Longhorns cap another disappointing soccer season

Anthony Mannino

The Texas soccer season started off with promise, as the team looked like they had the ability to contend in the Big 12. Losing 3-1 to Loyola Marymount in the team’s first game was all forgotten, as the Longhorns went on to win five straight games. Texas was playing beautiful soccer.

Fans who went to Mike A. Myers were not disappointed, as they would see Hannah Higgins terrorizing opposing defenses with her speed and dribbling ability. Kylie Doniak was the perfect No. 9, having the strength to push off center backs, while at the same time possessing the touch that is necessary from a lone striker. Midfielder Alexis Harris was the creative spark in the middle who performed a 30-yard strike against Houston. Vanessa Ibewuike was a dangerous option off the bench.

The defense was just as strong with centerbacks Lucy Keith and Nina Frausing Pedersen leaving opposing offenses frustrated. Even if the opposing team got by Keith and Pedersen, they still had to deal with goalkeeper Alexa Gaul. During the five-game winning streak, Gaul posted four shutouts and gave up only one goal. It seemed like every game she was climbing up the Texas soccer record book.

However, around midseason, the Longhorns went to California for the USC Invitational and when they came back, all their mojo was lost. Before the tournament, Texas had a 5-1 record, but after, they finished the year 6-8-1. That free-flowing soccer the Longhorns played at the beginning of the season was gone, and the team looked stagnant. Injuries to Taylor Knaack and Doniak only added to the team’s troubles.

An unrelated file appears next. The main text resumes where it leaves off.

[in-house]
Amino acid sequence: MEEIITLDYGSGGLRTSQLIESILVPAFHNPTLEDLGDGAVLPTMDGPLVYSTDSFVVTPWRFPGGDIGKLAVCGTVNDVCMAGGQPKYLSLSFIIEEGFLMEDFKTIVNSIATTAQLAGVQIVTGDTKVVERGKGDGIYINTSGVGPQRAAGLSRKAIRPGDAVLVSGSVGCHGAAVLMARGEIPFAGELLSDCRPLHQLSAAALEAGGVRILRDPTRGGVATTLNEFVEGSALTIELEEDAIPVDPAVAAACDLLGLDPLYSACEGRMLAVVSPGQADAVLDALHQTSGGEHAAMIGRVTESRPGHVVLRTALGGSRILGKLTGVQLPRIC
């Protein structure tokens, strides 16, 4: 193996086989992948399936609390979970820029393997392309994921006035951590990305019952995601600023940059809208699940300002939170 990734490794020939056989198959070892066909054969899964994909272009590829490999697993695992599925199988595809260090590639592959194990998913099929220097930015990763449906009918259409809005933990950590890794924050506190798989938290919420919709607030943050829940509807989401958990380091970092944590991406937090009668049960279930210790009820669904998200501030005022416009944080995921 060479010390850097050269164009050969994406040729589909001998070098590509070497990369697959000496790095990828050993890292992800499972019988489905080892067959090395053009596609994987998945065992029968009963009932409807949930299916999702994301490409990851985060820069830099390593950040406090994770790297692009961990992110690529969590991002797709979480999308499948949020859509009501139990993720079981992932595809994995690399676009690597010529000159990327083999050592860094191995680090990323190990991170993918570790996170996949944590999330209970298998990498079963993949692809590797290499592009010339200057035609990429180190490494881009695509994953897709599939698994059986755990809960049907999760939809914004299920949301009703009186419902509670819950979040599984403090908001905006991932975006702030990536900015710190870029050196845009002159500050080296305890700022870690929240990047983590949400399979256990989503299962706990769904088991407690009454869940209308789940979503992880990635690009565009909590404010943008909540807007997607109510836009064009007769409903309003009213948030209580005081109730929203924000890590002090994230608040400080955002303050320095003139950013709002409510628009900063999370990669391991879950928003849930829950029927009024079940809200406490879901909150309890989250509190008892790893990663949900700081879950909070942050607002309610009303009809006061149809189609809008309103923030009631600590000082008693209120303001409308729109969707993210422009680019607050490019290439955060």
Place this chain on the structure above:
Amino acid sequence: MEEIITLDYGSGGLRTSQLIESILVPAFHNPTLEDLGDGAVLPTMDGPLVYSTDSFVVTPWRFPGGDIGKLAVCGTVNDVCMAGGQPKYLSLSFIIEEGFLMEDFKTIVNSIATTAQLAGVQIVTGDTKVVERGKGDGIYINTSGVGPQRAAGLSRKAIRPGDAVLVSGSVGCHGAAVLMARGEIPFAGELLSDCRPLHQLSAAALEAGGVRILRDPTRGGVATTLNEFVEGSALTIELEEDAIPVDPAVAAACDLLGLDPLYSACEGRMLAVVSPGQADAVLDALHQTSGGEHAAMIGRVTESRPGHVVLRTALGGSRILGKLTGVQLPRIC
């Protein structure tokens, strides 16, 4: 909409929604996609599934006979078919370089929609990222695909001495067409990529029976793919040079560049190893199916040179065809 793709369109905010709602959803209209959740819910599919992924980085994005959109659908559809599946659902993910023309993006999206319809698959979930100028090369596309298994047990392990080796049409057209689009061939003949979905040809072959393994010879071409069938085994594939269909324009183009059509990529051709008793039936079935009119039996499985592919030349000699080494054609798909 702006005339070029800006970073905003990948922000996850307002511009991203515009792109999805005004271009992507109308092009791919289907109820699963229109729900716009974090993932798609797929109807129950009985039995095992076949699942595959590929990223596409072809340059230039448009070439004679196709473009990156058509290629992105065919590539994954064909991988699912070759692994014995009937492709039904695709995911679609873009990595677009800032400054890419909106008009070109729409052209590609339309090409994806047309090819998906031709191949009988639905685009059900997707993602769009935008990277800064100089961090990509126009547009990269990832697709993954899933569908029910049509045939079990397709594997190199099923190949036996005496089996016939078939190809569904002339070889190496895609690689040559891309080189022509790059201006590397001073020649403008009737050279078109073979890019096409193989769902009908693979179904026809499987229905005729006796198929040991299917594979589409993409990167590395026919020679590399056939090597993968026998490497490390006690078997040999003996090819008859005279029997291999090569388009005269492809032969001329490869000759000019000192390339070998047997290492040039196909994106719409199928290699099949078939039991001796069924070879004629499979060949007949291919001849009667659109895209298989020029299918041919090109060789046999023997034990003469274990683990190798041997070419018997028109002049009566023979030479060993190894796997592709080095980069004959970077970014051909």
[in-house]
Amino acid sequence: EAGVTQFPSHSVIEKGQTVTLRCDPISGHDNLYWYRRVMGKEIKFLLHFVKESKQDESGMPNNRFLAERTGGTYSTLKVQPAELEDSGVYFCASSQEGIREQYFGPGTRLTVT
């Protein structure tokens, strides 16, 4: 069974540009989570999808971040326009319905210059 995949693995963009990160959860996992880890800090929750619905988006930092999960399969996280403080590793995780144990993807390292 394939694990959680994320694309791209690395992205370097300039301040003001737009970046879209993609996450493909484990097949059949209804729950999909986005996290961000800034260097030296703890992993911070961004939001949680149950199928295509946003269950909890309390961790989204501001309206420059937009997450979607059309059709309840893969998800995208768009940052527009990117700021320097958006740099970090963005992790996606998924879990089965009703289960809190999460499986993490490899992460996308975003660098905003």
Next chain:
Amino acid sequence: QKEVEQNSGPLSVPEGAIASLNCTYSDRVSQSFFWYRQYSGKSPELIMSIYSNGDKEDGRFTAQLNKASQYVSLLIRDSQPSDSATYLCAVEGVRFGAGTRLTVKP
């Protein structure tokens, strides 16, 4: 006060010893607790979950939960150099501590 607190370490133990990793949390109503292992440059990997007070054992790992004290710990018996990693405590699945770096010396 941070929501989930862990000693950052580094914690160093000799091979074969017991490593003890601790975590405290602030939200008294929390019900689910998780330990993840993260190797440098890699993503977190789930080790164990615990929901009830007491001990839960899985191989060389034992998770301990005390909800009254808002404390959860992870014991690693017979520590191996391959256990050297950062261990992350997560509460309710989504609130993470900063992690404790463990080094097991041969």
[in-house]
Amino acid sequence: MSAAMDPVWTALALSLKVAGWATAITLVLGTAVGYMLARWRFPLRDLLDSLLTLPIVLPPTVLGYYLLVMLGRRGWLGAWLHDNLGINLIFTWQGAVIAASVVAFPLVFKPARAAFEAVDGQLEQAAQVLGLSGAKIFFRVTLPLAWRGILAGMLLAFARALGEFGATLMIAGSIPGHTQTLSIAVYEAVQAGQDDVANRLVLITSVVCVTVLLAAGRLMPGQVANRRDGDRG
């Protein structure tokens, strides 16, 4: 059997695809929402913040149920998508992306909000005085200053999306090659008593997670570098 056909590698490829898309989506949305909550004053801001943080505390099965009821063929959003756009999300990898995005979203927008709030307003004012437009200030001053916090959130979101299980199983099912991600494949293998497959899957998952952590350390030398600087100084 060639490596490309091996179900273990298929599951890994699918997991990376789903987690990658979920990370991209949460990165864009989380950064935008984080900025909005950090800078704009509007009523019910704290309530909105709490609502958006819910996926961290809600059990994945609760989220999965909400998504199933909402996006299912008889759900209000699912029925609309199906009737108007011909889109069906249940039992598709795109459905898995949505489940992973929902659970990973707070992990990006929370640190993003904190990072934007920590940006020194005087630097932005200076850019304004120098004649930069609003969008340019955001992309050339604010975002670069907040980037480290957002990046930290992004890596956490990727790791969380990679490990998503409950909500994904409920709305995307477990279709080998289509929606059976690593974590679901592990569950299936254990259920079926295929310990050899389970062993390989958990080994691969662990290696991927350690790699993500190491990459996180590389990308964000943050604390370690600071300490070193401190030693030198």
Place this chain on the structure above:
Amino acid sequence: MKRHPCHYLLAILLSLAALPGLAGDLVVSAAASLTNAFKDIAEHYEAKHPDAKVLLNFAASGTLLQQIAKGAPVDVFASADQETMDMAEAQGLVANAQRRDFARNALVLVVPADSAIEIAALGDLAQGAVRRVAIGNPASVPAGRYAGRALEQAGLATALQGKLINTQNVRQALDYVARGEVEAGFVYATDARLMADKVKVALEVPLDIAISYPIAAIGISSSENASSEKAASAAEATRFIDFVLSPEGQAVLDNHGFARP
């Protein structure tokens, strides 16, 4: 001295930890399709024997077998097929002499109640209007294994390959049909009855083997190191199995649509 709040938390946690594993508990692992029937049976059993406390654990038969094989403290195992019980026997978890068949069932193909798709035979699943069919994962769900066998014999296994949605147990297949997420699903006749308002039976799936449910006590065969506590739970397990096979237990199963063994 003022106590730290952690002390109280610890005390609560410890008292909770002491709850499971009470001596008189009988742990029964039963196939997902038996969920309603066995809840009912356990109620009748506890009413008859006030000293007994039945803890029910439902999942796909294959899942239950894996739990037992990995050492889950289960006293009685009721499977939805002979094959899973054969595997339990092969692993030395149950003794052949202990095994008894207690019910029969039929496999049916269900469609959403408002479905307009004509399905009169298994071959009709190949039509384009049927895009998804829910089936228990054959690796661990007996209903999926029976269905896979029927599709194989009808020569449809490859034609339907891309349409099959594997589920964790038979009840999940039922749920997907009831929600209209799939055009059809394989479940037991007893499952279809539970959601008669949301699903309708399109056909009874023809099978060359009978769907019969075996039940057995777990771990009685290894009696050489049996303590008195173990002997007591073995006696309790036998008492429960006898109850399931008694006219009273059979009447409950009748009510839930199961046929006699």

The difficulties the Longhorns had finally compounded in a game late in the year against San Diego State. The Longhorns lost at home to a team they had no business losing to. Head coach Chris Petrucelli had a 30-minute meeting after the game, before interviews were conducted, obviously angry at the result.

Even with an irate coach, the team was unable to respond and three struggles continued. Texas’ problems could not be pinpointed to one thing and the squad was outplayed, outcoached and was out-hustled at the end of the year. If this program is going to improve, something needs to change. The good news is the Longhorns do not need to look far to find optimism; they just need to look at the tapes and see the stunning soccer they played at the beginning of the year.

Printed on Wednesday, November 16, 2011 as: Texas season ends early; What went wrong?